John sees the world we live in as a dark place of evil and depravity, violence, ignorance, and self-indulgence. The people in the world typically have no idea what their meaning, purpose, origins, or future is which keeps them in a darkness of spiritual ignorance. Paul wrote in 2 Cor.4:4-6, “The god of this world has blinded the unbelieving that they may not see the light of the gospel of the glory of Christ. For God, who said that light shall shine out of darkness is the One who has shone in our hearts to give the light of the knowledge of the glory of God in the face of Christ.” John is saying the same thing in his epistle that Jesus Christ is the perfect source of revelation regarding who God is and what God is doing. John says here in 1 Jn.1:5 that “God is light”. The truth about reality, meaning, purpose, and the future can be found only in Him. The glory of God is a major theme throughout the Bible. In Exodus, God’s bright shining glory in the pillar of cloud led Israel through the wilderness to the promised land. 1 Timothy 6:14-16 tells us that “God dwells in unapproachable light”. At the transfiguration of Matthew 17:2, Jesus’ face shone like the sun, and in Rev.1:14, “Jesus’ eyes were like a flame of fire”. In the Gospel of John 1:5, we read that “the light (Jesus) shines in the darkness (of the world) and the darkness did not comprehend it”. This is further elaborated in John 3:19-20 quoting Jesus who said, “the light is come into the world, and men loved the darkness rather than the light…For everyone who does evil hates the light and does not come to the light lest his deeds be exposed”.

 

Three Denials of the False Teachers Claims

 

An important part of the Gnostic teaching was that there really is no sin because the physical body is just prone to gratify all its lusts, and it really doesn’t matter what you do here, it only matters for your good spirit to continue on. They said they had no sin of consequence. They were proud elitists who were deceiving themselves claiming to live on a higher plane. Therefore, in 1 John 1:6-10, the author lays out three alternating contrasts. In v.6, 8, and 10 we have what the false teachers say but wrongly do; then in v.7, and v.9 we see what true believing Christians do to have real fellowship with God. Verses 6, 8, 10 begin with “If we say” then are followed by John’s denial of their claim. The heretics say that they fellowship with Him, but they walk in darkness and lie. They say they have no sin, but are just deceiving themselves, and they say they have not sinned denying what God has already said. On the other hand, John and his disciples who have true fellowship with him in Christ, know that “the blood of Christ cleanses us from all sin”. True believers know that they need a walk with God in which they are confessing their sins as God will then “cleanse us from all unrighteousness”. The cleansing refers to that lifelong practice of God’s Spirit working within us to transform our lives. Theologians refer to this as sanctification, and is not to be confused with justification. We were initially saved from the penalty of sin by Christ’s atoning work on the cross, but as we live our lives in a fallen world, we need to regularly recognize what is wrong in our lives so that we allow God to change us. John makes the distinction in 1 Jn.3:4, saying that the false teachers “practice sin”, meaning it is a lifestyle that they defend and justify. We are saved and forgiven, but we will still fail to live holy lives unless we recognize our faults and with God’s help become transformed people experiencing “He is faithful and righteous to cleanse us”. John was saying that ongoing confession of sin is crucial to “walking in the light”, and experiencing spiritual growth.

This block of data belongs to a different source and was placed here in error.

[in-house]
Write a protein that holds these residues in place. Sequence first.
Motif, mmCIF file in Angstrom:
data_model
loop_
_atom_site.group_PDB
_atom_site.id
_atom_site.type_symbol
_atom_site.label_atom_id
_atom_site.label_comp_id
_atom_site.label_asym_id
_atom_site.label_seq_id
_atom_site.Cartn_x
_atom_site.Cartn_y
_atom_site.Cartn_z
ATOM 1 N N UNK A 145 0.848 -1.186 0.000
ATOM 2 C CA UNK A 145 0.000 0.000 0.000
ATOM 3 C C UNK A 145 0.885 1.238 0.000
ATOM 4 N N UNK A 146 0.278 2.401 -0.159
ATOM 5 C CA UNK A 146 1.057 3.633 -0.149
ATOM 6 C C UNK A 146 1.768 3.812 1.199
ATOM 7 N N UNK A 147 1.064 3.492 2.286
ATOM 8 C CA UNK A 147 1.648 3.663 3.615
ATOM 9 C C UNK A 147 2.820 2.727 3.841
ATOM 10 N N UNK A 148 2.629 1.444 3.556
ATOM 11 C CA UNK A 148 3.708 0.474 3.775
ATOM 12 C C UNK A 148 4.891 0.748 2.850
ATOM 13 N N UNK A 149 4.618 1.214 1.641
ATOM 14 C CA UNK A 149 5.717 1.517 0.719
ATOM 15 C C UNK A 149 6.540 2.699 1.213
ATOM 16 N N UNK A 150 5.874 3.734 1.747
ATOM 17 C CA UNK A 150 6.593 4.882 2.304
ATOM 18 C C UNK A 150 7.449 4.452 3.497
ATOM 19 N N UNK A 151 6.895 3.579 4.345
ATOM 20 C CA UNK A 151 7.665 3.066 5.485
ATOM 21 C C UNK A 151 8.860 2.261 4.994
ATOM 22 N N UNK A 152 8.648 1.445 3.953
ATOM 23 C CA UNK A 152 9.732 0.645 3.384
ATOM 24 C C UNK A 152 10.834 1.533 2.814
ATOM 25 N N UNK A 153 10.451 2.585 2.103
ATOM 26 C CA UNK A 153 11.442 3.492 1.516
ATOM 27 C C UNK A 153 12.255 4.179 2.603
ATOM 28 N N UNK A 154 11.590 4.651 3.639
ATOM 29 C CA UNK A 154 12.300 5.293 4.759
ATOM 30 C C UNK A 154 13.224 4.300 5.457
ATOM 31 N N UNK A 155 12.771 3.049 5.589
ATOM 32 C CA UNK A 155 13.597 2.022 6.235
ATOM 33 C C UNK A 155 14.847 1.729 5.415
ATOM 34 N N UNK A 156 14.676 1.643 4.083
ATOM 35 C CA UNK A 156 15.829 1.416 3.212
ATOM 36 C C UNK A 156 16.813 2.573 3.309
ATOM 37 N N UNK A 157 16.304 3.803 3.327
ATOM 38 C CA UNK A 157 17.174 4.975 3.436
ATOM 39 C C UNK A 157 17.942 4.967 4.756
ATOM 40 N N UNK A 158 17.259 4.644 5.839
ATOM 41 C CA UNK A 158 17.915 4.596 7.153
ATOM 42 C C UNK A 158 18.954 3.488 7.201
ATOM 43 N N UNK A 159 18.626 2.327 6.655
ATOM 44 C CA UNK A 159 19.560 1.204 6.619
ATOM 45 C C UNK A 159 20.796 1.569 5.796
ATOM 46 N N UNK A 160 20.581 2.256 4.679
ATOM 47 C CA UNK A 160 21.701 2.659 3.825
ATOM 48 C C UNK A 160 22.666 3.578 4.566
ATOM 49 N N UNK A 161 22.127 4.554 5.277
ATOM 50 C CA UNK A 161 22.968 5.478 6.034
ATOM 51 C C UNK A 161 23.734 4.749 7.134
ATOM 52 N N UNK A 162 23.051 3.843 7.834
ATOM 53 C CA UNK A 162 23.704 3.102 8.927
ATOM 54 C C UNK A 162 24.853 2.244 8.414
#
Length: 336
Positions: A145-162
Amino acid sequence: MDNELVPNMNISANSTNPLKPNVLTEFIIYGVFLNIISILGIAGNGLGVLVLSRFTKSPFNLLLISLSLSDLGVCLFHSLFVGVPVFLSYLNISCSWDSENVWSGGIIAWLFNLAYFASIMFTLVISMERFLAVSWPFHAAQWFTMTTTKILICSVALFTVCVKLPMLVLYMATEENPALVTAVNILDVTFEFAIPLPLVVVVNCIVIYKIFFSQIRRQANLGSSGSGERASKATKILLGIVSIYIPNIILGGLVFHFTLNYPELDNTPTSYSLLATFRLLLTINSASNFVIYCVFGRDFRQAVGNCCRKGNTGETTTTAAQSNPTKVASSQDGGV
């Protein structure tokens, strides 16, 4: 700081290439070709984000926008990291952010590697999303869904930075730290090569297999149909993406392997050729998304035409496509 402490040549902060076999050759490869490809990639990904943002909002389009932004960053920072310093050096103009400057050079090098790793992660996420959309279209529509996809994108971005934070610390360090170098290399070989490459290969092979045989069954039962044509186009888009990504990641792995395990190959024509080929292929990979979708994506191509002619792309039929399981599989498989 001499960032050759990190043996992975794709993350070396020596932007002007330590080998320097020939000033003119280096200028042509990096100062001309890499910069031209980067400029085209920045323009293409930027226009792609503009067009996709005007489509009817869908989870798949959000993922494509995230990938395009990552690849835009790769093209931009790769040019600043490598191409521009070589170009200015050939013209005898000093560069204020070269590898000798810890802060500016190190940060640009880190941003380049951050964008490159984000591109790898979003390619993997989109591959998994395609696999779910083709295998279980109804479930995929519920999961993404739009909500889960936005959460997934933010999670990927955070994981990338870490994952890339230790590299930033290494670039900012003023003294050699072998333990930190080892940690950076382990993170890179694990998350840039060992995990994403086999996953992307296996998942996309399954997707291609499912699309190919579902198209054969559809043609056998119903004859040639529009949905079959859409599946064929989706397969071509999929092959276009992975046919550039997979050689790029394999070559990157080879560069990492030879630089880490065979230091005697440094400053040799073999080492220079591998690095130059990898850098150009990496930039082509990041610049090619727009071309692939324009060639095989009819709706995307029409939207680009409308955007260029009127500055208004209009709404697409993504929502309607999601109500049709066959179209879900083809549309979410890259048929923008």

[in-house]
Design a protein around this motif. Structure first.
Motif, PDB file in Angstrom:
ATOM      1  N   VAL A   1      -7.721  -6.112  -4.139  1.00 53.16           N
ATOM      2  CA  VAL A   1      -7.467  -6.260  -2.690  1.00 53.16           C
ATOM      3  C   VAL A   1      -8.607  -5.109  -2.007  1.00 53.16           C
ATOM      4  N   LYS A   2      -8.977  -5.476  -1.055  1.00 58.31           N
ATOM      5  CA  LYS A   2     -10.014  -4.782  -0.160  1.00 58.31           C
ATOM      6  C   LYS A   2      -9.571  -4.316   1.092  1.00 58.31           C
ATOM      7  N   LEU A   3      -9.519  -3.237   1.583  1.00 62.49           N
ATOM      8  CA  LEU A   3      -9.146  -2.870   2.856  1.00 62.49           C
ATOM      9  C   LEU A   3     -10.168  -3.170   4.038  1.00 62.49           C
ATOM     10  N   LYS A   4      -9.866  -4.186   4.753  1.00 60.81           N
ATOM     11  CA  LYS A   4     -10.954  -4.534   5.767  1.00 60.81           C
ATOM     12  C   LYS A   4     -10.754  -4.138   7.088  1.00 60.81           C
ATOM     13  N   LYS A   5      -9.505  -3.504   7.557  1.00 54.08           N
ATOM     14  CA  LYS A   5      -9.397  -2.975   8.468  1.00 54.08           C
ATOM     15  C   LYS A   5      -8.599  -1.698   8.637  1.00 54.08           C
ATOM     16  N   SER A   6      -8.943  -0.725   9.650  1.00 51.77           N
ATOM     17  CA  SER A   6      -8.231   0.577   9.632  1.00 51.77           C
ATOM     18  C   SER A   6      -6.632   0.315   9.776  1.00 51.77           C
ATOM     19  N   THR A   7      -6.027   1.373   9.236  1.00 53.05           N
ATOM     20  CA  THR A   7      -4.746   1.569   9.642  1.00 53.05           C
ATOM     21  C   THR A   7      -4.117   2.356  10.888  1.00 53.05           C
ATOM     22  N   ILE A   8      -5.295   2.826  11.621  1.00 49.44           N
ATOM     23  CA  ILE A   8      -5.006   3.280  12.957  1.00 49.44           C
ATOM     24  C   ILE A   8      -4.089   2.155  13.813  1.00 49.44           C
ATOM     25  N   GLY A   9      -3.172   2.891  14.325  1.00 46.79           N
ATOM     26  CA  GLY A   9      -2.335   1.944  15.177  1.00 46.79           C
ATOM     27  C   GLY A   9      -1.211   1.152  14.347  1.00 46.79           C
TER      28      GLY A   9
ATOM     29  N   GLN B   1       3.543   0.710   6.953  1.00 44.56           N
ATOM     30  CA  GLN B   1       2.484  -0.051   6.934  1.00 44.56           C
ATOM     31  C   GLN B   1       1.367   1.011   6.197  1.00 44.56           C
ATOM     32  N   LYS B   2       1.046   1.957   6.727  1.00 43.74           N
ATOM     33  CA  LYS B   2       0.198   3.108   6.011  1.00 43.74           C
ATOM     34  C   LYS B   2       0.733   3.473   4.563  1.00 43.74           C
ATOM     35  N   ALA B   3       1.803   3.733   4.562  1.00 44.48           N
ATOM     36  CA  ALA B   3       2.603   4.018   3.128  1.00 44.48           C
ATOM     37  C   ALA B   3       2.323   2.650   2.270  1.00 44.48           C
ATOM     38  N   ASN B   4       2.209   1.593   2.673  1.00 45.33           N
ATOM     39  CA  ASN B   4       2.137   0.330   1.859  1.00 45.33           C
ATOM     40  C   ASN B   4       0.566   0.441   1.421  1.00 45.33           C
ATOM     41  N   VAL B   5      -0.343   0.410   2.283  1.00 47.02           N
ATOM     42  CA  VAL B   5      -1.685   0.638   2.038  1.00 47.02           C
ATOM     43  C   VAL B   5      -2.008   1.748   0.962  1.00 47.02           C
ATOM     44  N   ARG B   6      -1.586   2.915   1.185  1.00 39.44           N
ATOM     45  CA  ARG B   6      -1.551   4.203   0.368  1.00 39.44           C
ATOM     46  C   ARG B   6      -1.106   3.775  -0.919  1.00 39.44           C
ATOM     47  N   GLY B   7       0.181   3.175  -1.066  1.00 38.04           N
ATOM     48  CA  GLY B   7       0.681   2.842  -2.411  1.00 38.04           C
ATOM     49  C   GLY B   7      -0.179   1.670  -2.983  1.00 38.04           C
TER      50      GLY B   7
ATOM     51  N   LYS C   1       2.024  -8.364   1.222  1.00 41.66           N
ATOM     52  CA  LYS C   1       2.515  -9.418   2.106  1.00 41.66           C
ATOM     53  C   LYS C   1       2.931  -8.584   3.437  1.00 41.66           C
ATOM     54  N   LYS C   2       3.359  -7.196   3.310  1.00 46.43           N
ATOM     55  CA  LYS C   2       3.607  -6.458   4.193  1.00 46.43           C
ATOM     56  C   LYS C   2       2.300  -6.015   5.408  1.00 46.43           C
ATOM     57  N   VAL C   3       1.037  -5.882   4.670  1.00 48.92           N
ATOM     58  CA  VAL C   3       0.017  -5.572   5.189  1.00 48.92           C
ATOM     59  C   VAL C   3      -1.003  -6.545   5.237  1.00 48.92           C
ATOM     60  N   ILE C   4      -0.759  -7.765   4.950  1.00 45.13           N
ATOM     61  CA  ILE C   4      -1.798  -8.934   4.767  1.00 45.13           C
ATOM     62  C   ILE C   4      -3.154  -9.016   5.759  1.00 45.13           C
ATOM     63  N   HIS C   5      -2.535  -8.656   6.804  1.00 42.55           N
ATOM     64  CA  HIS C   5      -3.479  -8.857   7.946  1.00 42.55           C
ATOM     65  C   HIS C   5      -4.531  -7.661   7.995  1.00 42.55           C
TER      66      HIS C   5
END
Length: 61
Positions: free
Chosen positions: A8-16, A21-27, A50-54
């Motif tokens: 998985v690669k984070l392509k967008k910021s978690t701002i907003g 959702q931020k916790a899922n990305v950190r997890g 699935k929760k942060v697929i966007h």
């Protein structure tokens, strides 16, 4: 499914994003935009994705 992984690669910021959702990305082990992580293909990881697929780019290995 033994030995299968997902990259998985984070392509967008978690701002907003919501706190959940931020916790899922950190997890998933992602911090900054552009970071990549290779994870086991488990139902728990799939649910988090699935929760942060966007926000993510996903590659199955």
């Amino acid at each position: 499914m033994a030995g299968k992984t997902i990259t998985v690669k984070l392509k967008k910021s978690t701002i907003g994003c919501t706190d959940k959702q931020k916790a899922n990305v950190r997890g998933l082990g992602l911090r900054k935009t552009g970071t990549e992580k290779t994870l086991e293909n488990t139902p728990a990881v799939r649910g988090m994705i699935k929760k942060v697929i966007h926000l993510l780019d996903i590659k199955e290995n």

CHARLIE TAYLOR

About the Author: Charlie Taylor
About the Author: Charlie Taylor

Charlie Taylor grew up in Dallas, Texas, graduated from the University of Texas Business School and went into the commercial real estate business for about twenty years before enrolling in and graduating from Dallas Theological Seminary with honors.